On 01 January 2011, the Presidency of the Council of the European Union (EU) will pass from Belgium to Hungary. The European Women’s Lobby (EWL), with more than 2500 member organisations the largest association of women’s organisations in the EU, calls on the Hungarian Presidency to continue to be a driving force for women’s rights in Europe and, in particular, to ensure progress in the adoption of gender-related legislation which is currently on the table and to ensure the full integration of women’s rights and of a gender equality perspective in European social and economic policies.
Furthermore, the EWL hereby expresses its hope that the Hungarian Presidency will provide during its tenure progressive and ambitious leadership to the Council of the European Union in its policy and legislative tasks, in relation to issues related to women’s human rights, in particular the fight against all forms of male violence against women and the guarantee of women’s sexual and reproductive rights.
The European Women’s Lobby calls on the Hungarian Presidency to:
1. Take the lead in ensuring the adoption of a strong instrument by the Council of Ministers to follow up on the Gender Pact, in order to provide for an endorsement and implementation at Member State level of the European Strategy on Equality between Women and Men 2010-2015 adopted by the European Commission.
2. Ensure the adoption of a comprehensive proposal for a European Strategy on eradicating all forms of male violence against women in the EU and call on the European Commission and the Council to work on legal instruments as part of this Strategy for a Europe free from all forms of male violence against women (including prostitution).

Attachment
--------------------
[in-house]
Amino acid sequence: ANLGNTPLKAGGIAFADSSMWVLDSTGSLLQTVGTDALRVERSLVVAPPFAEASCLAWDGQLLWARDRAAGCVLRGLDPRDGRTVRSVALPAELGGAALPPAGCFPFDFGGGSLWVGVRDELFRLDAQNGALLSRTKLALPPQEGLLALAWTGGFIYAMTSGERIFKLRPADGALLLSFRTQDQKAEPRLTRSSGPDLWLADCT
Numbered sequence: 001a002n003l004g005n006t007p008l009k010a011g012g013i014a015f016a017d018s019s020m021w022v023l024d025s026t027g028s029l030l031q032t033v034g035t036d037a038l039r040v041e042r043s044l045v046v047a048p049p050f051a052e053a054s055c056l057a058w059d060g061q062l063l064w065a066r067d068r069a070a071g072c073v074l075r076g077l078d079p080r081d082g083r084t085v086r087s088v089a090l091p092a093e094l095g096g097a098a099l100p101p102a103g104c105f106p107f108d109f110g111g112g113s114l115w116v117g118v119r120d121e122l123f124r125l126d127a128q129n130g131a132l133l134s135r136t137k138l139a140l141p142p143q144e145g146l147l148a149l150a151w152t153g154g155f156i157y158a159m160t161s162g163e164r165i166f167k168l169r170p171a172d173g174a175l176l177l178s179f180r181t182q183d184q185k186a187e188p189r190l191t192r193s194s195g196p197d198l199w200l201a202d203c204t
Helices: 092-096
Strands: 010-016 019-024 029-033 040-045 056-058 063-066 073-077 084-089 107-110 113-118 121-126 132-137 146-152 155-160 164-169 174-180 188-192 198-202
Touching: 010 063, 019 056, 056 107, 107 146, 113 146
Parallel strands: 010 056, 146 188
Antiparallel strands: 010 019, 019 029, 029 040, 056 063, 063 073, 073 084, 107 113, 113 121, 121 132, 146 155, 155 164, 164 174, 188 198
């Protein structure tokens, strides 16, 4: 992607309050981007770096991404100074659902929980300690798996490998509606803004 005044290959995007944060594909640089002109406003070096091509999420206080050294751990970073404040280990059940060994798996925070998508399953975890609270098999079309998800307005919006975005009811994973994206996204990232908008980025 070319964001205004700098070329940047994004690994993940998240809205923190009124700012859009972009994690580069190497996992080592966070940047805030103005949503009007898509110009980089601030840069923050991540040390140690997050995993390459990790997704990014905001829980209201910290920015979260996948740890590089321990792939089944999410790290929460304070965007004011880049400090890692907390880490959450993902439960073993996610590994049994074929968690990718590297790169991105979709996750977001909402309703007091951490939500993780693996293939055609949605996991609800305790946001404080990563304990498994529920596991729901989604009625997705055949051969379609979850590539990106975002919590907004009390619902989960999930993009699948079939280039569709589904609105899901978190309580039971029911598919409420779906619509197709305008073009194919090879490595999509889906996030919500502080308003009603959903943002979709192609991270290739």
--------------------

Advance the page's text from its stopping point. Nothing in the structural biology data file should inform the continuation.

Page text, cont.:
3. Take a leadership role in the Council negotiations aiming at the revision of the maternity leave Directive. This revision should include the increase of maternity leave provisions from 14 weeks to 20 weeks and the introduction of two weeks leave for new fathers, both fully paid, as provided for in the legislative Resolution adopted by the European Parliament on 20.10.2010.
4. Ensure that all women benefit from the highest standards of sexual and reproductive health and rights, in particular women from vulnerable groups who are at risk of discriminatory practices (forced sterilisation, forced genital mutilation, lack of access to safe abortion, lack of access to family planning, discrimination in the access to Assisted Reproductive Technologies, etc.).
5. Take a leadership role in the Council negotiations in order to progress towards the adoption of the draft Directive combating discrimination on grounds of religion or belief, age, disability or sexual orientation building on the European Parliament Resolution and the proposals made by the EWL and anti-discrimination networks.
6. Ensure that all Presidency family-related policies and activities take into account all forms of families, including same-sex families and single parent families. Such policies and activities should include a strong women’s rights and gender equality perspective. This covers the development of the care economy as part of the reconciliation of work and family life and as a source of job creation for both women and men, including improvements in pay and employment conditions in the care sector. Such activities should also aim at the equal sharing of paid and unpaid work between women and men and measures for the fulfilment and strengthening of the Barcelona targets on childcare and the adoption of new targets for other groups of dependants, children over six or older people for example. Family-related policies should also ensure that women’s human rights to health, including sexual and reproductive health rights, are guaranteed and promoted within the EU.
7. Ensure that the promotion of equality between women and men, quality employment for women and men, social services and sustainable social development are at the core of the implementation, reporting and monitoring mechanisms of the Europe 2020 Strategy.
8. Take steps to address current cutbacks in resources for EU level, governmental and non-governmental work on women’s right and gender equality in internal and external policies and in relation to public services, ensuring that there is no regression in the progress made over the last decades and that women do not serve as a buffer for the direct and indirect effects of the economic, social and financial crisis. This aspect should be fully taken into account in the ongoing discussions related to the European Multi Annual Financial Framework 2014+.